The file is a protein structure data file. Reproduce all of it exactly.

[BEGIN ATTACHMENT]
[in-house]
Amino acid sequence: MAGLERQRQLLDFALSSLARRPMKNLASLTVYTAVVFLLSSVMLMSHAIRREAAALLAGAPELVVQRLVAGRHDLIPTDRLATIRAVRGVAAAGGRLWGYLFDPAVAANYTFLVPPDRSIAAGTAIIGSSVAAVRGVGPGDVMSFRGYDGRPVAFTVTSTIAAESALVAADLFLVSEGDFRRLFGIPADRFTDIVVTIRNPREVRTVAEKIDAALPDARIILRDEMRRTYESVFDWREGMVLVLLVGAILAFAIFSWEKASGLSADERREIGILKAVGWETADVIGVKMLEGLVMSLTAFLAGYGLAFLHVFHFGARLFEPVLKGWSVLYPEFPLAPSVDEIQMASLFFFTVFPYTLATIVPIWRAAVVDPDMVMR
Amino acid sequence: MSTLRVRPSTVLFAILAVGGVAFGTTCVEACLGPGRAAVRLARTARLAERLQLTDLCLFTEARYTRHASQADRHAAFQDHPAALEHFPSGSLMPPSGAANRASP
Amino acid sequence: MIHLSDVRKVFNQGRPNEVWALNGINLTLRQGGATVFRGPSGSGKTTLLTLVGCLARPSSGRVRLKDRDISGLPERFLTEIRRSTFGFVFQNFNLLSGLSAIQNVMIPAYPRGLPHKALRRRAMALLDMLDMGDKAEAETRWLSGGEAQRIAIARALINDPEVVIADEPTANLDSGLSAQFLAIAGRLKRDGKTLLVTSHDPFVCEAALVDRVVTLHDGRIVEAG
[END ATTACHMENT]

[in-house]
Amino acid sequence: MAGLERQRQLLDFALSSLARRPMKNLASLTVYTAVVFLLSSVMLMSHAIRREAAALLAGAPELVVQRLVAGRHDLIPTDRLATIRAVRGVAAAGGRLWGYLFDPAVAANYTFLVPPDRSIAAGTAIIGSSVAAVRGVGPGDVMSFRGYDGRPVAFTVTSTIAAESALVAADLFLVSEGDFRRLFGIPADRFTDIVVTIRNPREVRTVAEKIDAALPDARIILRDEMRRTYESVFDWREGMVLVLLVGAILAFAIFSWEKASGLSADERREIGILKAVGWETADVIGVKMLEGLVMSLTAFLAGYGLAFLHVFHFGARLFEPVLKGWSVLYPEFPLAPSVDEIQMASLFFFTVFPYTLATIVPIWRAAVVDPDMVMR
Amino acid sequence: MSTLRVRPSTVLFAILAVGGVAFGTTCVEACLGPGRAAVRLARTARLAERLQLTDLCLFTEARYTRHASQADRHAAFQDHPAALEHFPSGSLMPPSGAANRASP
Amino acid sequence: MIHLSDVRKVFNQGRPNEVWALNGINLTLRQGGATVFRGPSGSGKTTLLTLVGCLARPSSGRVRLKDRDISGLPERFLTEIRRSTFGFVFQNFNLLSGLSAIQNVMIPAYPRGLPHKALRRRAMALLDMLDMGDKAEAETRWLSGGEAQRIAIARALINDPEVVIADEPTANLDSGLSAQFLAIAGRLKRDGKTLLVTSHDPFVCEAALVDRVVTLHDGRIVEAG